Multiple DHS Sources Claim that the Secret Service Engaged in Illegal Disability Retirement Practices

Robert McQueen, a special agent who spent 24 years in the Secret Service, alleges that his employer has offered to expedite disability retirements for him and for a number of perfectly healthy agents. In return, the benefited employees will desist from going further with their complaints. McQueen filed a whistleblower retaliation complaint. He has involved the Department of Homeland Security as well.

Promoting falsehood

As per McQueen, the Secret Service tried to cheat taxpayers by pushing forward a false application for disability retirement. This was done in the summer of 2016 as the service was trying its best to manage the budget woes which has negatively affected the agency post trying to quench the operational demands of that year's presidential campaign. The Secret Service has publicly proclaimed that it will require about $300 million every year. This money will be spent on hiring the sufficient number of people and buy the correct technology. The agency will not only protect Trump's various properties but also the former President Obama along with his family.

McQueen alleged that the Secret Service has suspended his security clearance for an undisclosed amount of time. This was done in the earlier part of 2013. From then on, the agent has spent about three years on unpaid leave. He is presently fighting charges that he willfully misused his allotted government vehicle. The agency also alleged that the agent claimed excessive overtime pay. He forcefully denied all charges.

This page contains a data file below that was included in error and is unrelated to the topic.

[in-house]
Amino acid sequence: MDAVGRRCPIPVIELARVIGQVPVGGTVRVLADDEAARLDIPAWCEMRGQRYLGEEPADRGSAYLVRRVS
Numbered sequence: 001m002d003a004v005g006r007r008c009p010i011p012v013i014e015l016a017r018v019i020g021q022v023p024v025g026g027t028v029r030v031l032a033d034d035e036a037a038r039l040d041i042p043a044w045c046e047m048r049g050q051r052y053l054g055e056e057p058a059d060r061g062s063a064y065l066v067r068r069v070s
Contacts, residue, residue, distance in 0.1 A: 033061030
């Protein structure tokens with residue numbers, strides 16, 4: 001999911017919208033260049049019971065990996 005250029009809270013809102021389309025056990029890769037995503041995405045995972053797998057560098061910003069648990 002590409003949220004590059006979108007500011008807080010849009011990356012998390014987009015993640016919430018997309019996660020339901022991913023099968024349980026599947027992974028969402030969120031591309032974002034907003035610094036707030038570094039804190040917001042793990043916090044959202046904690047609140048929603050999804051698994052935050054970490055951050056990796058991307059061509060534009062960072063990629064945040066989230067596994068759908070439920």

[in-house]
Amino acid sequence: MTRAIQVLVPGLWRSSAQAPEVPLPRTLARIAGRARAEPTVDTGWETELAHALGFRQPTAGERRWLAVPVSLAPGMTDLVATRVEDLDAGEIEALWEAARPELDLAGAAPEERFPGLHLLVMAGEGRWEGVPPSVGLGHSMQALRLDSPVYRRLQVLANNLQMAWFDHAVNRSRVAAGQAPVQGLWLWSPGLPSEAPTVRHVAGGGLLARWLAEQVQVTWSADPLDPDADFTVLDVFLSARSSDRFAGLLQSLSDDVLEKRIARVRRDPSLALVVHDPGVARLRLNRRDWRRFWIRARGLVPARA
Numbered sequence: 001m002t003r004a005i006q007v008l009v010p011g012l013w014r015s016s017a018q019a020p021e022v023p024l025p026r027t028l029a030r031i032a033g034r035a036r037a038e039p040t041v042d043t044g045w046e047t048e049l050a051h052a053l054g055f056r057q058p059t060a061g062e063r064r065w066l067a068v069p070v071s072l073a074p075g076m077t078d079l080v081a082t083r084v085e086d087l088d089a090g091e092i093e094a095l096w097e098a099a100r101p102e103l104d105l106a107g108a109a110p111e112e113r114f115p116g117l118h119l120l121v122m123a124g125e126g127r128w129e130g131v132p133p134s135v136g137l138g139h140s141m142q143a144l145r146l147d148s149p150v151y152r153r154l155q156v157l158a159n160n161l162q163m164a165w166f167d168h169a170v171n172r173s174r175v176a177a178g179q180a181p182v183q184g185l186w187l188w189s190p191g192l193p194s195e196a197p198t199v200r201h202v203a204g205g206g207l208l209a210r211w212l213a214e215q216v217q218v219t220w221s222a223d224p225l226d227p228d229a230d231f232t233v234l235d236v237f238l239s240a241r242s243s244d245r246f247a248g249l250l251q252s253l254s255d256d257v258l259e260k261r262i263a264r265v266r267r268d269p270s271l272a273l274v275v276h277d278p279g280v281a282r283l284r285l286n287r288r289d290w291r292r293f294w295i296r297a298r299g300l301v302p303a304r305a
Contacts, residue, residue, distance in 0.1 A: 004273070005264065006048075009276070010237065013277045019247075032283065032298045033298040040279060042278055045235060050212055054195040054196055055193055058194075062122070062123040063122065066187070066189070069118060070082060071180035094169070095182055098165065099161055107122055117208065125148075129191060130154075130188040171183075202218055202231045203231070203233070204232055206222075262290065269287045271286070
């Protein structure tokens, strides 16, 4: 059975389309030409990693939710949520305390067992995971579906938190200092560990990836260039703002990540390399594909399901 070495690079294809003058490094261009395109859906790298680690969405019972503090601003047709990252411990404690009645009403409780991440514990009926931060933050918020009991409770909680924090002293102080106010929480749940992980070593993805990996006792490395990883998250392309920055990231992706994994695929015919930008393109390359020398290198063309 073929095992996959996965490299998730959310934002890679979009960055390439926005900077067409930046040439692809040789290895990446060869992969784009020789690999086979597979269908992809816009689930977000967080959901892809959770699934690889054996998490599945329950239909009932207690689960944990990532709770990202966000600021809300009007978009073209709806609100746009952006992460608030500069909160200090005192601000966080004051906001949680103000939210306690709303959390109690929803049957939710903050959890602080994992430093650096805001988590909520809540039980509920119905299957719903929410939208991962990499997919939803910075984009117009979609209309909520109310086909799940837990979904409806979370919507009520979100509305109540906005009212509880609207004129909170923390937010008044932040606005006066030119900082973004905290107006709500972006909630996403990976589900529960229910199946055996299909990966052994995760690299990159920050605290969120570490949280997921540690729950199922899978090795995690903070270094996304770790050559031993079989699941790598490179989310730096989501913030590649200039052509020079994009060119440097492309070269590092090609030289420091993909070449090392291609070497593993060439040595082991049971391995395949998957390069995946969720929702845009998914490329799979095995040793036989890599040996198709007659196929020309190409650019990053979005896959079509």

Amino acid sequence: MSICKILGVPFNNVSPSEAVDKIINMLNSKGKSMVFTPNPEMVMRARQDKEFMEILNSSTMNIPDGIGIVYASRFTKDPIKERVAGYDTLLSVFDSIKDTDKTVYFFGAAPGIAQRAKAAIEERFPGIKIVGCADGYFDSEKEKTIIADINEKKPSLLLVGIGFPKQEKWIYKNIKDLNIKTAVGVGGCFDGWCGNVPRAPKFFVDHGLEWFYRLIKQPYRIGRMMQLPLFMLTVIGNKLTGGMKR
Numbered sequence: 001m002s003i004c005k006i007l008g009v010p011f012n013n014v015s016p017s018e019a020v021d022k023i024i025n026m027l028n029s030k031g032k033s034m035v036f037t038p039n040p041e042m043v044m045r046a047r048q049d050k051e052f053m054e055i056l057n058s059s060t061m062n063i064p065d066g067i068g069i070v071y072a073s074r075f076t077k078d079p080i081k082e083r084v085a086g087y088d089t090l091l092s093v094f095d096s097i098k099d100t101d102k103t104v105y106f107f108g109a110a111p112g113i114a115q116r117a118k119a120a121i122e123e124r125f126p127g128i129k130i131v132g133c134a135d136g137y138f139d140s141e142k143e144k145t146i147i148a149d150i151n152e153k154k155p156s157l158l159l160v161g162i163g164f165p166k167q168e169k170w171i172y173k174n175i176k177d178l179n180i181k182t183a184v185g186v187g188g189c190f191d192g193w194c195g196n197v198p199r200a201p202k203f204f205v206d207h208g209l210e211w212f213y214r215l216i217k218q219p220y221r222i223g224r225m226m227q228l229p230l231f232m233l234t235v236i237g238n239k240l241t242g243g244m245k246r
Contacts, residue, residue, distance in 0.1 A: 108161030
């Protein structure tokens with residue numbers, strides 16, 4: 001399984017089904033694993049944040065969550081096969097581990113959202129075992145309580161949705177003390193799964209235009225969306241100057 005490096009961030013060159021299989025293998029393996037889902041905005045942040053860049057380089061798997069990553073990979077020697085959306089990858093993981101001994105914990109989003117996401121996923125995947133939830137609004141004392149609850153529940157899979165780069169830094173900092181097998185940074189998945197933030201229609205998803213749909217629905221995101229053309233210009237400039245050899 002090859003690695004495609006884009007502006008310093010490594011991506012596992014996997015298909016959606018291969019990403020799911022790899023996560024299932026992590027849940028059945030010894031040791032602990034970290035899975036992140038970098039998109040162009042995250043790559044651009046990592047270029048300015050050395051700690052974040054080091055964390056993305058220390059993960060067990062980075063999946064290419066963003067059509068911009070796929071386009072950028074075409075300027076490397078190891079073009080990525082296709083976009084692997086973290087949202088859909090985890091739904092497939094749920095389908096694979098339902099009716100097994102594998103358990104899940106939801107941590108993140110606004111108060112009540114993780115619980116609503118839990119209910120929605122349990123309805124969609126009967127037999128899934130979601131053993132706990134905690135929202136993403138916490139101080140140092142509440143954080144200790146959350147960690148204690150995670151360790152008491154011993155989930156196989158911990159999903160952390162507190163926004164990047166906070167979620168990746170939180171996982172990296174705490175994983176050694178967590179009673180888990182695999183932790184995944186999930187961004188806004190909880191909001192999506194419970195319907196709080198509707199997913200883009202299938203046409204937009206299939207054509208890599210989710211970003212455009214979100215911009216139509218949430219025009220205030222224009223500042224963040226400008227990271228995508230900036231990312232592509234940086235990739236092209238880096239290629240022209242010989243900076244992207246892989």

Cajoling unsuccessful

McQueen claimed that when the Secret Service saw he was not backing down, an attorney was sent to him. The latter made the offer to 'fast track' the application for disability retirement. The mediation session was ordered by a Judge. The verbal offer was swiftly rejected by the agent. He even complained about this offer to a number of government bodies, including the administrative judge of Equal Employment Opportunity Commission and Secret Service officials along with other branches of government.

Questioned by the media, the Secret Service declined to answer. However, Catherine Milhoan, the spokesperson of the Secret Service, pointed out that it is not the Secret Service, but the Office of Personnel Management (OPM) who has authority to grant any disability retirement benefits. The website of the OPM states that federal departments and agencies could play an important role when it comes to confirmations and also fast track the disability retirement applications of employees.

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